Canberra childcare centres are falling behind the rest of the nation with more than 70 per cent failing to meet Australian quality benchmarks.
Nationally 44 per cent of centres have been rated as ‘‘working towards’’ the new standards but in the ACT 35 of the 51 centres assessed failed to meet at least one of seven criteria.
The Sunday Canberra Times checked the report cards for individual childcare services in the ACT after the Australian Children’s Education and Care Quality Authority (ACECQA) published the first inspection results on Wednesday.
ACECQA assessed 1620 childcare services nationally - 13 per cent of the total. In the ACT there are 306 centres and 51 were assessed over seven areas - education program and practices; health and safety; physical environment; staffing; relationships with children; partnerships with families and communities; and leadership and service management.
Of the assessed centres 35 received a ''working towards'' overall rating , 10 met the criteria and six exceeded the criteria. In Victoria 70 per cent of the services either met or exceeded the expected standard. In NSW 41 per cent of 490 services made the grade. In Queensland, it was 62 per cent.
But minister for children and education Joy Burch said Canberra parents were getting quality childcare.
''Families in our community should not see a working towards rating and have any doubt of the quality of care being received by kids,'' Ms Burch said.
''The rating system is a new rating system and the bar has been set very high.''
But opposition leader Jeremy Hanson said the results were concerning.
''Given the volume of government regulation and red tape imposed on ACT childcare centres, this indicates that the opposition's concerns that those regulations would not improve the sector appear to be verified,'' Mr Hanson said.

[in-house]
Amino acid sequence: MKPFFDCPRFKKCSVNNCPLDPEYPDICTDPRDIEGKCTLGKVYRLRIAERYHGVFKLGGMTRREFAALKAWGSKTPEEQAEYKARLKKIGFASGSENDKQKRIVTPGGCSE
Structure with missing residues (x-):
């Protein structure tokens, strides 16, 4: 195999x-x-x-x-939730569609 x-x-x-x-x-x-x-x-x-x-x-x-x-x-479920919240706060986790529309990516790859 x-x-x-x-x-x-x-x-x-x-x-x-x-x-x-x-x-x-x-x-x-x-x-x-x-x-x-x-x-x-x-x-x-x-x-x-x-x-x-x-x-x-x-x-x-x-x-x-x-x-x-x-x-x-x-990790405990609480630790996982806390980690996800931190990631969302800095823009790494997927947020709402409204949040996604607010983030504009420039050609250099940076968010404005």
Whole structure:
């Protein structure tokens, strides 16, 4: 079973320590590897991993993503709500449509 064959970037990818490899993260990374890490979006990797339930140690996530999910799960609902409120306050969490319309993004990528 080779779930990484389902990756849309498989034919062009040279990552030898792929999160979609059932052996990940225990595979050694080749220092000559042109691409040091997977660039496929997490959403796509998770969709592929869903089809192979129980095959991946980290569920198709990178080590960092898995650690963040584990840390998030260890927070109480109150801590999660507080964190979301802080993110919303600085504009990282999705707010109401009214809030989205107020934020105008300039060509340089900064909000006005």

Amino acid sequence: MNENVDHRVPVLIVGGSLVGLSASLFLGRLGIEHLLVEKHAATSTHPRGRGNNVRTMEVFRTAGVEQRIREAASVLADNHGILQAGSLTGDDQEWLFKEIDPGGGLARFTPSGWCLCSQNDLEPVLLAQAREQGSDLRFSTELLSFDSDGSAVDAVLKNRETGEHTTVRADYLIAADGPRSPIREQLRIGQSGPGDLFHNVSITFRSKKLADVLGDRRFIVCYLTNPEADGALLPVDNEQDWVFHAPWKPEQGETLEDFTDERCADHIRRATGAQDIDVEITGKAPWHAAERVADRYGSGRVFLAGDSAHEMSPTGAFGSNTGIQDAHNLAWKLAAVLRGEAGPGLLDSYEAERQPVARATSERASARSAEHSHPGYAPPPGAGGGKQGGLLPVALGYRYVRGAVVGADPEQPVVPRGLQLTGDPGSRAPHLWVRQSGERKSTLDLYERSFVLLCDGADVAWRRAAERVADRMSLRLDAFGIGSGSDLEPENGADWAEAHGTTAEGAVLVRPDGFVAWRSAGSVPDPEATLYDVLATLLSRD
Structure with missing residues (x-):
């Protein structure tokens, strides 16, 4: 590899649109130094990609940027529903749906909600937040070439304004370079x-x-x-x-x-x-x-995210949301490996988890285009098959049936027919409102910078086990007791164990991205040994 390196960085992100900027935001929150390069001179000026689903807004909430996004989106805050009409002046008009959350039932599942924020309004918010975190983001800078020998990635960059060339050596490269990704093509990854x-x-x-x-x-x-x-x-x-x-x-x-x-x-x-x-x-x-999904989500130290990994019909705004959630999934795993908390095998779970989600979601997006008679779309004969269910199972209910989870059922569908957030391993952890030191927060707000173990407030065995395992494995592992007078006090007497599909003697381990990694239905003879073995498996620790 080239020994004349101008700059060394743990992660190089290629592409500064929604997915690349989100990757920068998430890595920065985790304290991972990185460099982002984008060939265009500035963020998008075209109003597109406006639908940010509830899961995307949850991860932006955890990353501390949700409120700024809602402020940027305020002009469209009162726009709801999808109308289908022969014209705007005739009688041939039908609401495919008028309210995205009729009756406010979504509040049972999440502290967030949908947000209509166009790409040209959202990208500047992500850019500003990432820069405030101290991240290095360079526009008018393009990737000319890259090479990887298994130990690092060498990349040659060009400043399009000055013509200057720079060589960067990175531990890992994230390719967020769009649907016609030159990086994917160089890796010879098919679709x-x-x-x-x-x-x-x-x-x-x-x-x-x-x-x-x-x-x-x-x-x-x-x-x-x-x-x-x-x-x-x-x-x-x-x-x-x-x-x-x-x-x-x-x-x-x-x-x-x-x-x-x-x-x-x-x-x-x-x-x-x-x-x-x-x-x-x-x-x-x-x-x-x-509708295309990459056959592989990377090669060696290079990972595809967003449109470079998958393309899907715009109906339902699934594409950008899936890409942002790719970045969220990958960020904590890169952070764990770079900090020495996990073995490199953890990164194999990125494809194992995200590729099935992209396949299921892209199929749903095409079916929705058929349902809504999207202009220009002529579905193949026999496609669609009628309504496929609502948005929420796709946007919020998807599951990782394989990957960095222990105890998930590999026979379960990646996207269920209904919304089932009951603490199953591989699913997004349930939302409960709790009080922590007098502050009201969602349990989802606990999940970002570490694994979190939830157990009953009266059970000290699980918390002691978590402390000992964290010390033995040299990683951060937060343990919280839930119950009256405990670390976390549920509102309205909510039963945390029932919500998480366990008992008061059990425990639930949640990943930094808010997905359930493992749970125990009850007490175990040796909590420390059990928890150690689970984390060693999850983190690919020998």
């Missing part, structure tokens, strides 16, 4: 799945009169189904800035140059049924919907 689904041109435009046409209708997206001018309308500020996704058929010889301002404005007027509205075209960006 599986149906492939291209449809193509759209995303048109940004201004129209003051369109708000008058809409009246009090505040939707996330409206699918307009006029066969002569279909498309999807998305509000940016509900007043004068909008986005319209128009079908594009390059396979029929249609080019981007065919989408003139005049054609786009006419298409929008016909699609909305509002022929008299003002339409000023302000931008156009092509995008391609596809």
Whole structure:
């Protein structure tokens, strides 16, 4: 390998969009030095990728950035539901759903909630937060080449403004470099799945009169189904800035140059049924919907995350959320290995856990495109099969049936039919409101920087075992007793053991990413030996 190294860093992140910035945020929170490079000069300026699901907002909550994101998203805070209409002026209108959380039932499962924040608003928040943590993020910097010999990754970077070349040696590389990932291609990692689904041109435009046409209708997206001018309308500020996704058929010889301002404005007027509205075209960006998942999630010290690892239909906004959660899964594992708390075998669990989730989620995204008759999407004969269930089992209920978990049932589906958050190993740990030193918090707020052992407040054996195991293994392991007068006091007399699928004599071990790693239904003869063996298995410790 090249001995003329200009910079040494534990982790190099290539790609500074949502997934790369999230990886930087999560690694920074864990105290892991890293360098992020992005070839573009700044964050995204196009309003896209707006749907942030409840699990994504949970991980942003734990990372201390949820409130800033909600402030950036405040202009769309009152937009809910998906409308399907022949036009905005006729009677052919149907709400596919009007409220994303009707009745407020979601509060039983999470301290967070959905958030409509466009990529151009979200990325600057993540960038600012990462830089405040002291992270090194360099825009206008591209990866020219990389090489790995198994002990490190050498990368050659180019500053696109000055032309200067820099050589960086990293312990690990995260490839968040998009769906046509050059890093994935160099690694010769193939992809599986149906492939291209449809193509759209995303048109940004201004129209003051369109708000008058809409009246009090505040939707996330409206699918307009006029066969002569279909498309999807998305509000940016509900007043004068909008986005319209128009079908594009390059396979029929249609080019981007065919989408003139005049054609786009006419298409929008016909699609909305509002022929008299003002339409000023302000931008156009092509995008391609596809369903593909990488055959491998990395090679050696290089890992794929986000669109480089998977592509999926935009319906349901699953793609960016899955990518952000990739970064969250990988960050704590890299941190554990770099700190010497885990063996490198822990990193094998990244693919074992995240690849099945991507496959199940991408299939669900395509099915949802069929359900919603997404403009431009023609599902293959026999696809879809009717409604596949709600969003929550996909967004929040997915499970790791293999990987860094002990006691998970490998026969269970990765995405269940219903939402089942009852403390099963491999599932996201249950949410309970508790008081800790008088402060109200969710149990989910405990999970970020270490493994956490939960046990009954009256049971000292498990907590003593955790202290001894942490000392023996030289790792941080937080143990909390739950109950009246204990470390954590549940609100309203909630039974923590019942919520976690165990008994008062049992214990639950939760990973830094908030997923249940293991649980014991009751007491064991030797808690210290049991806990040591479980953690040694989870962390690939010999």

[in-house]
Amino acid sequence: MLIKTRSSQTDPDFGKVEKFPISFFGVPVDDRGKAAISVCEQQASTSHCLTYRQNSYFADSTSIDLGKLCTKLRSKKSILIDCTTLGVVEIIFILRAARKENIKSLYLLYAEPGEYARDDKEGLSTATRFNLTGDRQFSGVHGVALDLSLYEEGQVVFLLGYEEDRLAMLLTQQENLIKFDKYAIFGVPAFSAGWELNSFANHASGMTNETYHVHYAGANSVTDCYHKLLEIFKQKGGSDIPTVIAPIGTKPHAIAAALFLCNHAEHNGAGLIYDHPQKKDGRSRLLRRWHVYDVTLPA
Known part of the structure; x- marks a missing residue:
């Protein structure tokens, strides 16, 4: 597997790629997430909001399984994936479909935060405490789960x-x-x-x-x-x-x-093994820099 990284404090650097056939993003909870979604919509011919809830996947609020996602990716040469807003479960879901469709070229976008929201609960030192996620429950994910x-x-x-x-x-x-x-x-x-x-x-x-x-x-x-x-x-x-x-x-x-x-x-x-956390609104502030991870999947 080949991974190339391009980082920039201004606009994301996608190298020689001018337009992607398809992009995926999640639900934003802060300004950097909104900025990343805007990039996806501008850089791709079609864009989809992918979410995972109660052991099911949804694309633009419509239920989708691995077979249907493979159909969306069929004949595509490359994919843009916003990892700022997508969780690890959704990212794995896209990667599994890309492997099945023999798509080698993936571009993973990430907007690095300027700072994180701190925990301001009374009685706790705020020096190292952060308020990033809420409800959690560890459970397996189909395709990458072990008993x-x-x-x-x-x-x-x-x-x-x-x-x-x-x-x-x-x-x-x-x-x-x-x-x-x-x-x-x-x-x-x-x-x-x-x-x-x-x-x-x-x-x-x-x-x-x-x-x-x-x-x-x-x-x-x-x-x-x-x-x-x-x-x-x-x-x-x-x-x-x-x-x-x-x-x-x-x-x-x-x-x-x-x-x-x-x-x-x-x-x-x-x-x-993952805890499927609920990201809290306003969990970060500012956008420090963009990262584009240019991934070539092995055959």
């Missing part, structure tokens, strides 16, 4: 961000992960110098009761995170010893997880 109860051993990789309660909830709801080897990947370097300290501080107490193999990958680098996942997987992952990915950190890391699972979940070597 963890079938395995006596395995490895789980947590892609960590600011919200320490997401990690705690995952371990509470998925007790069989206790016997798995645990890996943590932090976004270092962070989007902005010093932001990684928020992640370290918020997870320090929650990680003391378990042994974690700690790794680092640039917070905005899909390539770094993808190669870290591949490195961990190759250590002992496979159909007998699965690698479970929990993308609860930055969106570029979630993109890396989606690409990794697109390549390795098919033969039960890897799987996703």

''Particularly when the ACT has the highest costs for childcare centres in Australia.''
Ms Burch said a working towards rating did not mean the centre was bad, rather it helped the centre identify areas it needed to build on.
''I would have expected … that a jump to such a new high standard, some of our services would not automatically meet, where their previous assessment would have given them a high score,'' she said.
''I'm not saying there is no work to do, I'm saying the process needs to settle down … you will jump to a very wrong conclusion if you say our services are not providing quality care.''
Harrison preschoolers to benefit from excellence
The preschool at Harrison School was one of only six ACT childcare centres rated as exceeding the new Australian Children's Education and Care Quality Authority standards.
Students Yin Ming Li and Bryn Begley are not surprised. They think it's the best school in the whole world.
Bryn, 5, likes the school's outdoor play area and his classmate Yin, 5, likes drawing.
The preschool received four exceeding ratings across the seven assessment areas.
These were education program and practices, health and safety, the physical environment, staffing, relationships with children, partnerships with families and communities, and leadership and service management.
But principal Dennis Yarrington said there was still room for improvement.
''The standards are about lifting standards and ensuring that the quality programs offered [here] are consistently offered across the country,'' Mr Yarrington said.